It’s Not Loyal to Stop Shopping

Jan 24, 2005

By John Hennessy

You may already have seen information from ACNielsen’s “Channel Blurring” study. Reports have tended to emphasize the continual declines in annual trips to supermarkets; down from 92 trips in 1995 to 69 in 2004.

There’s another story here. For the first time, the penetration of supermarkets is below 100 percent. One percent of shoppers, over a period of a year, have found that they can live without visiting a supermarket.

While the continual decline in trips is bad news, shoppers abandoning supermarkets entirely is worse. There are now enough other retailer channels selling groceries that some shoppers no longer see conventional grocers as a necessity.

According to Todd Hale, senior vice president, consumer insights, ACNielsen U.S. (and RetailWire BrainTrust panelist), “One hopeful sign for the grocery channel is that several chains have rolled out or are experimenting with new store formats. Others are increasing their use of micro-merchandising and marketing to better meet the unique needs of shoppers within their trade areas. Only time will tell, but those efforts toward differentiation may help stem the loss of shoppers to other formats.”

Moderator’s Comment: With all the supermarket loyalty cards in the hands of shoppers, how are supermarkets losing shoppers? What would you do to get
shoppers to return to supermarkets?

According to research conducted by Boston University’s College of Communication, more people carry loyalty cards than have a home computer or Internet access.
Yet supermarkets, with widespread issuance of cards and consequently huge loyalty card acceptance, are experiencing declining trips, dollars and household penetration.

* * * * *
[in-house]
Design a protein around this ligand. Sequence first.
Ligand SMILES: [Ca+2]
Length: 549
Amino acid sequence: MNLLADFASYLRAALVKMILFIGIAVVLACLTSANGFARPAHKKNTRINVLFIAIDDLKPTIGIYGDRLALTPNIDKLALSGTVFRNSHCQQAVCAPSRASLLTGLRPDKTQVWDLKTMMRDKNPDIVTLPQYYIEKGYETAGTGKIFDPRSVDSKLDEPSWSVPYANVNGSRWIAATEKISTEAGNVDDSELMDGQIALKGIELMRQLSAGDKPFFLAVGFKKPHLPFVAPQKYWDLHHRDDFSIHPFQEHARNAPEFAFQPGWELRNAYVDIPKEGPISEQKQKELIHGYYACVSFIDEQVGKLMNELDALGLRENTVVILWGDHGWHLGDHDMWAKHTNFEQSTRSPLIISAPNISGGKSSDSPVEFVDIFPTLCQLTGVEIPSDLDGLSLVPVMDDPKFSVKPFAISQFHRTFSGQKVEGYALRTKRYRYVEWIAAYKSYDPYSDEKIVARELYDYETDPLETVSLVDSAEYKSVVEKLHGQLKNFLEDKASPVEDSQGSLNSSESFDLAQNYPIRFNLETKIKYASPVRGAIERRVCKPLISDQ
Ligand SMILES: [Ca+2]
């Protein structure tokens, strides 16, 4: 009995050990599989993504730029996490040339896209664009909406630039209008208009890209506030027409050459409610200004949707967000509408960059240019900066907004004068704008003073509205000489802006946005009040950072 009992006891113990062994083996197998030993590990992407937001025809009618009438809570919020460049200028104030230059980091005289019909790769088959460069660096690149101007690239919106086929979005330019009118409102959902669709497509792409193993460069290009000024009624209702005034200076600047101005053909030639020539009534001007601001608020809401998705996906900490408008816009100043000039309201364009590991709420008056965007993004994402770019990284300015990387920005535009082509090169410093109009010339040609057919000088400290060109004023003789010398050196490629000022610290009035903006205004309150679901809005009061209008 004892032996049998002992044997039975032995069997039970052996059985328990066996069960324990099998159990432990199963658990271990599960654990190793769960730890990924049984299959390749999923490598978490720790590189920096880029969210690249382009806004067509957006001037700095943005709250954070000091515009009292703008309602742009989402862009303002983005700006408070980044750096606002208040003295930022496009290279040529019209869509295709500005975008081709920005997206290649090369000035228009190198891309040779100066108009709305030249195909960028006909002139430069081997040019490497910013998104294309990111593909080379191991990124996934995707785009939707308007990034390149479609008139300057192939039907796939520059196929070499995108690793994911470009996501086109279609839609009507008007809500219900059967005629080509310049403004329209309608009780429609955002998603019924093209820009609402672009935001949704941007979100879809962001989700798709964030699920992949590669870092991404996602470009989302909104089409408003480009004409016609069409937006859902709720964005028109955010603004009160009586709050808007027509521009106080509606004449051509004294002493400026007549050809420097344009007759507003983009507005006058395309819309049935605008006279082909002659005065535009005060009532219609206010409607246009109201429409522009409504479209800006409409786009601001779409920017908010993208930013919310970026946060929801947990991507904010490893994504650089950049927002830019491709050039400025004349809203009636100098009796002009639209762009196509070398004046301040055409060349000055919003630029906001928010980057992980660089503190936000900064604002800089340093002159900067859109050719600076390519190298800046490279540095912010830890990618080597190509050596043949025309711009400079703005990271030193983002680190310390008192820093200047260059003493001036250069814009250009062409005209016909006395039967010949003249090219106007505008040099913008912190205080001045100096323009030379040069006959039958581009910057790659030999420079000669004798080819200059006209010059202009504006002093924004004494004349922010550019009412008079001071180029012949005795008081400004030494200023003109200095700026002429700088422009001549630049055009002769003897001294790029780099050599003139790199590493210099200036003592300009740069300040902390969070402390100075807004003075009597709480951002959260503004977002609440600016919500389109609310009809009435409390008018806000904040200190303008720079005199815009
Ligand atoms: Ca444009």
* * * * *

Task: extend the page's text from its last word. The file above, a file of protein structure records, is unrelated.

Part of the problem is one-way loyalty. Supermarket loyalty programs expect loyalty from shoppers but do little to demonstrate loyalty TO shoppers. The
good news is that supermarkets have the best resource available to determine shopper preferences; purchase history by cardholder. Unfortunately, they seldom use this valuable
resource that can help them differentiate themselves in a way that cannot be matched by the competitive channels stealing their shoppers.

Furthermore, if cardholding shoppers feel that they are doing all the work and gaining no benefit from the program, it can be perceived as a real negative.

One way to use this data on behalf of shoppers is to tailor offers and other messaging to each shopper’s preferences. By selecting offers that match their
historic preferences, retailers save shoppers time and money and show them that they’re paying attention and working on their behalf.

Another example is satisfying unmet needs. Supermarkets could know more about the products their shoppers are not buying than the competitive retailer who
is making the sale. A supermarket could offer paper products to shoppers who clearly have the capacity to expand consumption based on their purchasing level of other products.
In the process of improving sales, supermarkets help their shoppers save time by limiting the need to visit multiple channels.

John Hennessy – Moderator

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